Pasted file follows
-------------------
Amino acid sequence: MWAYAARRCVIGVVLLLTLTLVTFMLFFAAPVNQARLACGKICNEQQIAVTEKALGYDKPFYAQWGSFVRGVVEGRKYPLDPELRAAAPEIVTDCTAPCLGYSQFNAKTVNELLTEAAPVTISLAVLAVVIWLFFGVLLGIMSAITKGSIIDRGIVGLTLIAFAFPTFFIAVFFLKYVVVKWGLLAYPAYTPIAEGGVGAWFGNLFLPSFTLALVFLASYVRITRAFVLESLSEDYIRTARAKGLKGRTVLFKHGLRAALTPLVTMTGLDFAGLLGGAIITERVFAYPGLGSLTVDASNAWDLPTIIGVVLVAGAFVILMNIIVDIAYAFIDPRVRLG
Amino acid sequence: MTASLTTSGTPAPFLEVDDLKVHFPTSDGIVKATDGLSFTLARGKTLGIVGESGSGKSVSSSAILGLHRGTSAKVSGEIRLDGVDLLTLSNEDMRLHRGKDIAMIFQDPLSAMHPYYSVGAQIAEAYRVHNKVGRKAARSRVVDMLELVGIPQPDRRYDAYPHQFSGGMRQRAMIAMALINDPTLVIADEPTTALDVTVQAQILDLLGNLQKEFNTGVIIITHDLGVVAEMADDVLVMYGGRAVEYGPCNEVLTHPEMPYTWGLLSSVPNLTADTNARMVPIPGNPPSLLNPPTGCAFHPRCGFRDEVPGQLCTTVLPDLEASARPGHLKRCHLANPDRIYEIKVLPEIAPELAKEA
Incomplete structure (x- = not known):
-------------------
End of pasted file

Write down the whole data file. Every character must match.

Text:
Amino acid sequence: MWAYAARRCVIGVVLLLTLTLVTFMLFFAAPVNQARLACGKICNEQQIAVTEKALGYDKPFYAQWGSFVRGVVEGRKYPLDPELRAAAPEIVTDCTAPCLGYSQFNAKTVNELLTEAAPVTISLAVLAVVIWLFFGVLLGIMSAITKGSIIDRGIVGLTLIAFAFPTFFIAVFFLKYVVVKWGLLAYPAYTPIAEGGVGAWFGNLFLPSFTLALVFLASYVRITRAFVLESLSEDYIRTARAKGLKGRTVLFKHGLRAALTPLVTMTGLDFAGLLGGAIITERVFAYPGLGSLTVDASNAWDLPTIIGVVLVAGAFVILMNIIVDIAYAFIDPRVRLG
Amino acid sequence: MTASLTTSGTPAPFLEVDDLKVHFPTSDGIVKATDGLSFTLARGKTLGIVGESGSGKSVSSSAILGLHRGTSAKVSGEIRLDGVDLLTLSNEDMRLHRGKDIAMIFQDPLSAMHPYYSVGAQIAEAYRVHNKVGRKAARSRVVDMLELVGIPQPDRRYDAYPHQFSGGMRQRAMIAMALINDPTLVIADEPTTALDVTVQAQILDLLGNLQKEFNTGVIIITHDLGVVAEMADDVLVMYGGRAVEYGPCNEVLTHPEMPYTWGLLSSVPNLTADTNARMVPIPGNPPSLLNPPTGCAFHPRCGFRDEVPGQLCTTVLPDLEASARPGHLKRCHLANPDRIYEIKVLPEIAPELAKEA
Incomplete structure (x- = not known):